It's always difficult for me to find words to say in such difficult times. I wish there was something I could say to ease the pain, but I know I can't. Unfortunately, it's all part of the grieving process. I can tell you that the way you feel right now doesn't last forever, that your life will go on and that your fond, loving memories of her will outlast the pain you are feeling right now.

    It's obvious she made a significant, lasting impact on your life and you are who you are because of her. It's always hard to lose close relationships, especially in this manner, but just think of her legacy and everything she left behind. The best of her will live on through you and the others she touched in her time on earth. To paraphrase an old saying, it's better to have loved and been loved by this person than never to have known her.

    If there was any small blessing in this, at least her suffering wasn't a prolonged and painful departure. The worst illnesses occur when someone is terminally ill and we are helpless to ease their suffering, watching as they ripped away from us for months or years at a time. At least she didn't suffer endlessly.

    As for what to do? I wish I had an answer to help ease your pain, but there are no simple words that can minimize what you're feeling. So my advice is to allow yourself to feel the pain and not deny how you feel right now. It is a natural, normal part of the grieving process. I would strongly suggest that you spend as much time as possible with family and friends so that you can support each other and share your grief together. Don't withdraw or shut yourself away. Stay with the people who were close to her so that you can vent, share stories about her, remember her and support each other. You are not in this alone.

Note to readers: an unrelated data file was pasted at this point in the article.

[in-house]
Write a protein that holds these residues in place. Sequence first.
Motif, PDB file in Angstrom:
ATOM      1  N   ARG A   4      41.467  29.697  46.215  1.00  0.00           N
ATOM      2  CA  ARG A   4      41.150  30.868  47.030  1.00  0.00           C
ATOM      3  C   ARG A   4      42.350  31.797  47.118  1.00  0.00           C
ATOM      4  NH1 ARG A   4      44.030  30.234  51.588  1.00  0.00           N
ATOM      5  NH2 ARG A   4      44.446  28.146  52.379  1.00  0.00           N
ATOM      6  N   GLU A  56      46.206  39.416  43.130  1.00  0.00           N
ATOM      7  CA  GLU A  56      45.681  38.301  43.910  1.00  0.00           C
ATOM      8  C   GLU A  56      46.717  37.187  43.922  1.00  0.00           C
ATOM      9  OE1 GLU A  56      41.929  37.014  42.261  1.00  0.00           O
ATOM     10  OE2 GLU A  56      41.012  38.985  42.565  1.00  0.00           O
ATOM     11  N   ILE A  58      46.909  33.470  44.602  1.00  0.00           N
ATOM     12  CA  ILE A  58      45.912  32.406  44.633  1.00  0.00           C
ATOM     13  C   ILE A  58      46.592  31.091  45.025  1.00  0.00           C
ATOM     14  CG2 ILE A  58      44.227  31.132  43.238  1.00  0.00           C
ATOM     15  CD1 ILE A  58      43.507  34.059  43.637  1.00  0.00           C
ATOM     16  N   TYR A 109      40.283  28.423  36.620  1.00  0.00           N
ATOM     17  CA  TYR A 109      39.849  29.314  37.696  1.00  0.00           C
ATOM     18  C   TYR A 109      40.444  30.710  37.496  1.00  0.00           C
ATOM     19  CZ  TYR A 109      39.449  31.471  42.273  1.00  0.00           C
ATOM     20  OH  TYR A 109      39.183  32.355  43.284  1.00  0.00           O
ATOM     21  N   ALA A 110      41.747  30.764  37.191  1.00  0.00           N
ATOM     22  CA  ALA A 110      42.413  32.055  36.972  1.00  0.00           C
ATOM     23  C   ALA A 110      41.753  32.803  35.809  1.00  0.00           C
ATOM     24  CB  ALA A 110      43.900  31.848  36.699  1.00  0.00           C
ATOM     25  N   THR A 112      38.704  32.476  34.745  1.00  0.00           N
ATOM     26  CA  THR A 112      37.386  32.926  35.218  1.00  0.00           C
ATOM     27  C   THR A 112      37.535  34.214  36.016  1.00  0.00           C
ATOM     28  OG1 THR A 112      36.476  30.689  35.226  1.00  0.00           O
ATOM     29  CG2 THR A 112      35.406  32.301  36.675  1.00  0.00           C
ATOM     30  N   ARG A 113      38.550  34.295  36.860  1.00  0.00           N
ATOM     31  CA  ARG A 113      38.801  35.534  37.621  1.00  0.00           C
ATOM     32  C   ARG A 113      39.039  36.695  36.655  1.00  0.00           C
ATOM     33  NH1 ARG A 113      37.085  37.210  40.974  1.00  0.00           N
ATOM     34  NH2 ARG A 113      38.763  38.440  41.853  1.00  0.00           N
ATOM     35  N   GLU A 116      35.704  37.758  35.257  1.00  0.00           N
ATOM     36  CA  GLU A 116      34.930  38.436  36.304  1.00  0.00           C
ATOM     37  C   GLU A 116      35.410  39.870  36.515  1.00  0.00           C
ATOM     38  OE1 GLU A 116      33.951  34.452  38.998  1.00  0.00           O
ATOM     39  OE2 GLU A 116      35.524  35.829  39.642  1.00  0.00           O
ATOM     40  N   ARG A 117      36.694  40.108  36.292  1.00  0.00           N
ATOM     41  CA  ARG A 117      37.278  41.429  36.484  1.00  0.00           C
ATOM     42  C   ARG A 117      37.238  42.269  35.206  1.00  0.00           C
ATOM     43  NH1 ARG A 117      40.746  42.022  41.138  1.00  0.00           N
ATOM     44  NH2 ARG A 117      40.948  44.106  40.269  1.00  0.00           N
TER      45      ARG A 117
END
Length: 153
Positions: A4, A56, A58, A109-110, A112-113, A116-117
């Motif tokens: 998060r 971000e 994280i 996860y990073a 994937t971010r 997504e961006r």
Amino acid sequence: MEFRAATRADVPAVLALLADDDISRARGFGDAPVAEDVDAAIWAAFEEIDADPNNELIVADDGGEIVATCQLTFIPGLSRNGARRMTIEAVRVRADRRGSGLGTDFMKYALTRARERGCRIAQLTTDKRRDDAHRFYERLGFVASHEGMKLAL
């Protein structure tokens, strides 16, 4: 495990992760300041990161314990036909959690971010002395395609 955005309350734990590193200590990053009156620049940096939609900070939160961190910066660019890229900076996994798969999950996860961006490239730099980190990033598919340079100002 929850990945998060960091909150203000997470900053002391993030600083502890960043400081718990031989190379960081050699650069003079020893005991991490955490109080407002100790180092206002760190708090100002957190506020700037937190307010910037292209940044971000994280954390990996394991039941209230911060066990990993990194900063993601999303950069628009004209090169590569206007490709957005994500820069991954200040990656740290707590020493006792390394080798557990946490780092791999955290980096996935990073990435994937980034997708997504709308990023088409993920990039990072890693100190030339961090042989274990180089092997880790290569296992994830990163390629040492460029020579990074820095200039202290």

The pain you are feeling right now won't last forever. In time, it will be replaced by the, beautiful, pleasant memories of the time you had with her and you will feel the privilege for having been a part of her life as she was a part of yours. It does get easier, I can promise you that.

    The other bit of advice has already been given. You'll likely be busy in the days to come dealing with all the details and arrangements of losing a family member. Do what you need to do, but one thing I think you need to remember is to take care of yourself. Dealing with a loss in the family is always so draining, but when you're suffering from depression it just makes it harder to cope with it all. For everything that's been happening, please, do get in touch with your doctor or a counsellor as soon as possible. Depression can be a natural response to a situation such as a loss in the family, or it can be a more insidious form of depression which can seep its way into the middle of a crisis and work its way into your life long after the crisis has passed. You need to separate the two, and you need help to do it.

    Take care, my friend. We're thinking of you. Let us know how you're doing.
    Last edited by Starrunner; 22-Jul-2016 at 22:41.

  9. #9


    I too am sorry for your loss. Sometimes the things that can happen to us are shocking. My dad passed away very suddenly from a brain aneurysm, many years ago. One minute he was standing and talking and the next, he was gone.

    When the terrible things happen, all you can do is take one day at a time, otherwise it can be overwhelming. Sometimes we use a death as a time for introspection, and a time to think of our loved one, but also a time to examine our own lives.

    Hang in there and don't put too much on yourself. Time has a way of healing these kinds of wounds. And take care of yourself. You have friends here who care about you, and I'm sure you have family members who love you. Find your strength through them and don't isolate yourself from others. Hugs.